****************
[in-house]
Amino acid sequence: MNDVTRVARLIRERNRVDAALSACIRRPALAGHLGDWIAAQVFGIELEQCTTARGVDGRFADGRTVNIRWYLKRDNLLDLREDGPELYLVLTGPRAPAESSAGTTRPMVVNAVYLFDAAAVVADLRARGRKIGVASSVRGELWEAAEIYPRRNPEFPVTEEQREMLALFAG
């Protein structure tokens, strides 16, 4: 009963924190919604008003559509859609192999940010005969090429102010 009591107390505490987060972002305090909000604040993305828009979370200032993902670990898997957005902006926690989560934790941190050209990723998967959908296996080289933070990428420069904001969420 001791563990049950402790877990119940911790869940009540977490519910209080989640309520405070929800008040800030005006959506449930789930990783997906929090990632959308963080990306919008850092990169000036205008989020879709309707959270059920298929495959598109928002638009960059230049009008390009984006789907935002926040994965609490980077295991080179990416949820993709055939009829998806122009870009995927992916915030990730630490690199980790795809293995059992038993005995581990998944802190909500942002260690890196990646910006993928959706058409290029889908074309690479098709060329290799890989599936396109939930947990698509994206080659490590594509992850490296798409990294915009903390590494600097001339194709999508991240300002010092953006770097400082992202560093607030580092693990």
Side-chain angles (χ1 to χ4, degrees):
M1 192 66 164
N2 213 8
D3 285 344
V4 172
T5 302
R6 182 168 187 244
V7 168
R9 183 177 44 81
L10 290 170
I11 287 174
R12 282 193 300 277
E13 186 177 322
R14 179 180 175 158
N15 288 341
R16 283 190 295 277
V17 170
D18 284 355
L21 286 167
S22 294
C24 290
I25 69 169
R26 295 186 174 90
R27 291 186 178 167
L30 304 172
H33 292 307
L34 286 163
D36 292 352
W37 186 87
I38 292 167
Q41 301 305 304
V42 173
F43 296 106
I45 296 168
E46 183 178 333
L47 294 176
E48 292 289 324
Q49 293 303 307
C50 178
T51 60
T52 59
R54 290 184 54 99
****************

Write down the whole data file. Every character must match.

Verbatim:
[in-house]
Amino acid sequence: MNDVTRVARLIRERNRVDAALSACIRRPALAGHLGDWIAAQVFGIELEQCTTARGVDGRFADGRTVNIRWYLKRDNLLDLREDGPELYLVLTGPRAPAESSAGTTRPMVVNAVYLFDAAAVVADLRARGRKIGVASSVRGELWEAAEIYPRRNPEFPVTEEQREMLALFAG
């Protein structure tokens, strides 16, 4: 009963924190919604008003559509859609192999940010005969090429102010 009591107390505490987060972002305090909000604040993305828009979370200032993902670990898997957005902006926690989560934790941190050209990723998967959908296996080289933070990428420069904001969420 001791563990049950402790877990119940911790869940009540977490519910209080989640309520405070929800008040800030005006959506449930789930990783997906929090990632959308963080990306919008850092990169000036205008989020879709309707959270059920298929495959598109928002638009960059230049009008390009984006789907935002926040994965609490980077295991080179990416949820993709055939009829998806122009870009995927992916915030990730630490690199980790795809293995059992038993005995581990998944802190909500942002260690890196990646910006993928959706058409290029889908074309690479098709060329290799890989599936396109939930947990698509994206080659490590594509992850490296798409990294915009903390590494600097001339194709999508991240300002010092953006770097400082992202560093607030580092693990």
Side-chain angles (χ1 to χ4, degrees):
M1 192 66 164
N2 213 8
D3 285 344
V4 172
T5 302
R6 182 168 187 244
V7 168
R9 183 177 44 81
L10 290 170
I11 287 174
R12 282 193 300 277
E13 186 177 322
R14 179 180 175 158
N15 288 341
R16 283 190 295 277
V17 170
D18 284 355
L21 286 167
S22 294
C24 290
I25 69 169
R26 295 186 174 90
R27 291 186 178 167
L30 304 172
H33 292 307
L34 286 163
D36 292 352
W37 186 87
I38 292 167
Q41 301 305 304
V42 173
F43 296 106
I45 296 168
E46 183 178 333
L47 294 176
E48 292 289 324
Q49 293 303 307
C50 178
T51 60
T52 59
R54 290 184 54 99